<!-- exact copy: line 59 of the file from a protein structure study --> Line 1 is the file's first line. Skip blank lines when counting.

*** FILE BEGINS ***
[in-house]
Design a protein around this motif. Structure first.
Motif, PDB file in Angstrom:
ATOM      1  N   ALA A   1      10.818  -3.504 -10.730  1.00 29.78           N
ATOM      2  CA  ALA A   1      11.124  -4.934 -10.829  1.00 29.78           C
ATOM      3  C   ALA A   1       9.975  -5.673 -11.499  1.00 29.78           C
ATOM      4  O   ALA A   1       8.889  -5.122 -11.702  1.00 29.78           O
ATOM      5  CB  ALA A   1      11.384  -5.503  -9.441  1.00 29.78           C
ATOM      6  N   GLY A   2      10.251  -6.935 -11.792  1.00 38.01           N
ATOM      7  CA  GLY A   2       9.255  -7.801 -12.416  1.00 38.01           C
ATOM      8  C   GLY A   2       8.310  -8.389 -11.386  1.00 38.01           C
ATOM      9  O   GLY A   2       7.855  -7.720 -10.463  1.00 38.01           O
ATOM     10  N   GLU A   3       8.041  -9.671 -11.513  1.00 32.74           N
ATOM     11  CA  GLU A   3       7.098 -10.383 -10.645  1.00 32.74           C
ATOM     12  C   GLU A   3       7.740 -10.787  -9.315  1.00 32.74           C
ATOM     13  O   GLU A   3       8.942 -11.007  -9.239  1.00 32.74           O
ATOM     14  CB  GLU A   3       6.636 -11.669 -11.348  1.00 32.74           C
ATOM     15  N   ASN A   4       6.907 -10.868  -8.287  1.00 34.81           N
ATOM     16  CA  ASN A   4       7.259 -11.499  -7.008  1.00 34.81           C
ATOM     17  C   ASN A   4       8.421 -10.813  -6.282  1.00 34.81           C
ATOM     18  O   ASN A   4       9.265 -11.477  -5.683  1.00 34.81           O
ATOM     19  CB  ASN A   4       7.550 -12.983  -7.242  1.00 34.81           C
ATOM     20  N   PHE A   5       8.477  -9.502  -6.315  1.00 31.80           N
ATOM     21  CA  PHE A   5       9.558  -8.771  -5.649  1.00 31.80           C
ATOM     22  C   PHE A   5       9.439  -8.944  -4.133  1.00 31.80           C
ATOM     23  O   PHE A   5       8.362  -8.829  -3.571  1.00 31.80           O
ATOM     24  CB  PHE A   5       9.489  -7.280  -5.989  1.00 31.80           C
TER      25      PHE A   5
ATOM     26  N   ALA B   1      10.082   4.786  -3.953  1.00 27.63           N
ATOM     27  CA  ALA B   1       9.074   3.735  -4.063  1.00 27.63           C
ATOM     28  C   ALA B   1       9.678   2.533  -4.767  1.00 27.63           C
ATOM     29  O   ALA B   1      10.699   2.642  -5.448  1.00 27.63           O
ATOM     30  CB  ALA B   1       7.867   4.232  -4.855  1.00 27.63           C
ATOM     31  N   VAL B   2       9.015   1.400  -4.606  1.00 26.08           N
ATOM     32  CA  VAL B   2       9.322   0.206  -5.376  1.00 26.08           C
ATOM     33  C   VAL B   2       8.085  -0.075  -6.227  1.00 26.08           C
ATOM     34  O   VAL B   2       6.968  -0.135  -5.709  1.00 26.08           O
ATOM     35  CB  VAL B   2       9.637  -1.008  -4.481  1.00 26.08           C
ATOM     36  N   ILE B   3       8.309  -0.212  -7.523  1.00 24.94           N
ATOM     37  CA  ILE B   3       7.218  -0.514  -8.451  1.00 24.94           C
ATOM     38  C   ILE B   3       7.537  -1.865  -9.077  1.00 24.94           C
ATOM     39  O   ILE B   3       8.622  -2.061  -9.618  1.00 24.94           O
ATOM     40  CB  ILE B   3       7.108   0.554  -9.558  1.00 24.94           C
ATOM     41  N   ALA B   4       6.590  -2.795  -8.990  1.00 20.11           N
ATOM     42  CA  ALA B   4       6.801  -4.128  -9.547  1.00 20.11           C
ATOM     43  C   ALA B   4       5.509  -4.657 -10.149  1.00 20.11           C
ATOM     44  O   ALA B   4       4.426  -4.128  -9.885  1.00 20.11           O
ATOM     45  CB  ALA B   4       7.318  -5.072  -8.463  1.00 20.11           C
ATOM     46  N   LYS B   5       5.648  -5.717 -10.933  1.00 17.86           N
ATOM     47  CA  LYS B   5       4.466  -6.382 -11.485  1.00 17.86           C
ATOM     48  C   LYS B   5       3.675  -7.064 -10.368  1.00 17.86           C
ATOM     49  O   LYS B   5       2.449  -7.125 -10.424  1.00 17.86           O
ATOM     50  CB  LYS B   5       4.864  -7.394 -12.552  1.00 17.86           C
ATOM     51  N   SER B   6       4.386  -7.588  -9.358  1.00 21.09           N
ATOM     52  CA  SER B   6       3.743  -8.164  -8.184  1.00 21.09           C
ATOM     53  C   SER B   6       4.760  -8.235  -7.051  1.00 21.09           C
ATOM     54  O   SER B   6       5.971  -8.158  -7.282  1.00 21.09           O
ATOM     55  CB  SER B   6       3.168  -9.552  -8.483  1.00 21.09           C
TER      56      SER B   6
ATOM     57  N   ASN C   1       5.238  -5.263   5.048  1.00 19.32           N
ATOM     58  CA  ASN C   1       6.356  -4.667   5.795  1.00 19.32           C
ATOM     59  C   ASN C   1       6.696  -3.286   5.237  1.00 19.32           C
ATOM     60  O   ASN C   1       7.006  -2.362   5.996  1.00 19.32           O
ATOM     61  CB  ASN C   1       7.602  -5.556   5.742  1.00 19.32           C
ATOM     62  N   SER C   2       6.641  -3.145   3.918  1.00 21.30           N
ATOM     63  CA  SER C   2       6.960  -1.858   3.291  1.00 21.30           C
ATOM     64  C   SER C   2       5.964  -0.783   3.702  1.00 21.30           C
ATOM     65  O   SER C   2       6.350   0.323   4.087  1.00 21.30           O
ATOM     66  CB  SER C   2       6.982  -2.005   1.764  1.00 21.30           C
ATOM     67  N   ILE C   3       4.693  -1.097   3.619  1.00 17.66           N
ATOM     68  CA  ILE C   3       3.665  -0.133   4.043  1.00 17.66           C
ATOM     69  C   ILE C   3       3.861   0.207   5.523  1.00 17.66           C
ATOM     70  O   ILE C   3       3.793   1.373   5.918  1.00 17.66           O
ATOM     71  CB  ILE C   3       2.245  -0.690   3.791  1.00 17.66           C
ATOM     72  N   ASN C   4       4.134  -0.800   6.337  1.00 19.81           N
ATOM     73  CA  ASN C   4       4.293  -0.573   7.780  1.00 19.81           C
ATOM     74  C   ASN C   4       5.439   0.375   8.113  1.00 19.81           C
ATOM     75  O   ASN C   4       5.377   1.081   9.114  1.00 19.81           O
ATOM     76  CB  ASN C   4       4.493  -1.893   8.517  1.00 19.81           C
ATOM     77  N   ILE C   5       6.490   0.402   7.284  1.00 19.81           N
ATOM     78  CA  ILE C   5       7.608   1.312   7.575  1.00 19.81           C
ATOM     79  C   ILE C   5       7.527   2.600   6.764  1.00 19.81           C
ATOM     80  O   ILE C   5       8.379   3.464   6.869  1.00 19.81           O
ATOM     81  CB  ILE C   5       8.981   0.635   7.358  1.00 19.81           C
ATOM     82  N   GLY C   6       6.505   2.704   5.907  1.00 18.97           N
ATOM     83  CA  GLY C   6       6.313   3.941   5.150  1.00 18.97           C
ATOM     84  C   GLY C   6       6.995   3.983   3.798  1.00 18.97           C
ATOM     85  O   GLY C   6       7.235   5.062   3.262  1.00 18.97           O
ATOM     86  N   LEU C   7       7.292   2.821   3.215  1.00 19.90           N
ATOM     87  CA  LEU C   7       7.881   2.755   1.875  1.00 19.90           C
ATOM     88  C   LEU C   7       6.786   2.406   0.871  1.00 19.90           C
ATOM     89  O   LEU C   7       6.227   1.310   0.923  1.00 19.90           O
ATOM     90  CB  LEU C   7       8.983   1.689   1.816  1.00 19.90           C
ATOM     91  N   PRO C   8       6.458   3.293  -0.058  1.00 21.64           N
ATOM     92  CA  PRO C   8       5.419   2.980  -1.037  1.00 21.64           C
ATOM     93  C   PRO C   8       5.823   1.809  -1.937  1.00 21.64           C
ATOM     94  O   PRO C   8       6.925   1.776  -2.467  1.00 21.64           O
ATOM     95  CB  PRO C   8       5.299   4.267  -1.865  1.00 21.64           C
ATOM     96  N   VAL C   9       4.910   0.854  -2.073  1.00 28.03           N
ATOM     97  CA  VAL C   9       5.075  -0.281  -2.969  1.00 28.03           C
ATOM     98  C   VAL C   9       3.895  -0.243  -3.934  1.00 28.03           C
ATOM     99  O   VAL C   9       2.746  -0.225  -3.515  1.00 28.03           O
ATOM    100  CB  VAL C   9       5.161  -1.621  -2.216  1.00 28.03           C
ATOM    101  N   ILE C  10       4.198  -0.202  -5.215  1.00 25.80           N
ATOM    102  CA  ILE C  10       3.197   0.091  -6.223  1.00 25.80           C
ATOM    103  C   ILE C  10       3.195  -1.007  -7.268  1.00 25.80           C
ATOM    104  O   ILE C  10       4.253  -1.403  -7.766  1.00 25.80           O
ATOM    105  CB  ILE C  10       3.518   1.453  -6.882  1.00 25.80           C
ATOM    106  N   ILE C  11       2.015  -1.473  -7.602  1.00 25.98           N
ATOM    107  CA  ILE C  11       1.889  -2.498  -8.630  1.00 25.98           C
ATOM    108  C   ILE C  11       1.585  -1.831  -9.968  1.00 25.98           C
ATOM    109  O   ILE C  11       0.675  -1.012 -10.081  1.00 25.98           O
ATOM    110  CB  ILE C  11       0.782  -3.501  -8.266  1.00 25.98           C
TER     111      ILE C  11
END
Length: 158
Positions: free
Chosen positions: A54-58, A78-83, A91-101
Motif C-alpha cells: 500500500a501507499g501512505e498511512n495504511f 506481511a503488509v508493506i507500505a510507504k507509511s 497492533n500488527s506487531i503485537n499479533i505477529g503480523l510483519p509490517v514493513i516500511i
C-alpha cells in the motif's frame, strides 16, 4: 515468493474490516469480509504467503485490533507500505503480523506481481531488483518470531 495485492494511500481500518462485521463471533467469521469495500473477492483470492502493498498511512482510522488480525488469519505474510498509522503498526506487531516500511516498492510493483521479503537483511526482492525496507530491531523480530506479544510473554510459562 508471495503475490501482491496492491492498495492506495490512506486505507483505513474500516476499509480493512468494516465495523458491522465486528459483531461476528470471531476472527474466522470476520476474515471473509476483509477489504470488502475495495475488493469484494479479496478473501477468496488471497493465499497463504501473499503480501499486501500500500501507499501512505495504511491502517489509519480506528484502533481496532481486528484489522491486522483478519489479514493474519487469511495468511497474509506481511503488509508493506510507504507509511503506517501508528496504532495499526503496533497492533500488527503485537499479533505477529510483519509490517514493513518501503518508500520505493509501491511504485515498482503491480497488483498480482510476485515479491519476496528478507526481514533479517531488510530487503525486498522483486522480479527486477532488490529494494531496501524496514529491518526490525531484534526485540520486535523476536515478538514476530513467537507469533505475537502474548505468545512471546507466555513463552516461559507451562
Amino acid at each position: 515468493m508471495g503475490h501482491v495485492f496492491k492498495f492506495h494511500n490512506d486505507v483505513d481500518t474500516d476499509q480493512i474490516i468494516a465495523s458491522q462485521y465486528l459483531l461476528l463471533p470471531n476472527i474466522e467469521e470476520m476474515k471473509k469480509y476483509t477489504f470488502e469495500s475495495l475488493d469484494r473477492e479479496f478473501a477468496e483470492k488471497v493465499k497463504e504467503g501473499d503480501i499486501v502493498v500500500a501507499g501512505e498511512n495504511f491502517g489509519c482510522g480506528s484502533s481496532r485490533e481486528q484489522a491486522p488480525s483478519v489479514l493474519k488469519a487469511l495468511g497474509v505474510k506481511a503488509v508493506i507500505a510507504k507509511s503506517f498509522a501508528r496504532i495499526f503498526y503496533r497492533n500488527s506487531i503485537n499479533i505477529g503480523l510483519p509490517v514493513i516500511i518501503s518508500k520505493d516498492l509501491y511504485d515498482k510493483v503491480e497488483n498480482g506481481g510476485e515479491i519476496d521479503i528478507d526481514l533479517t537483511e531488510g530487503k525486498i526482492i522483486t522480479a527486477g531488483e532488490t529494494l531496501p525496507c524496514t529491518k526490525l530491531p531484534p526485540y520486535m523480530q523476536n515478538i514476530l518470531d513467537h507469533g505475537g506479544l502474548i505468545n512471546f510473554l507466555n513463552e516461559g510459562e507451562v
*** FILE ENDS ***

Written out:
TER      56      SER B   6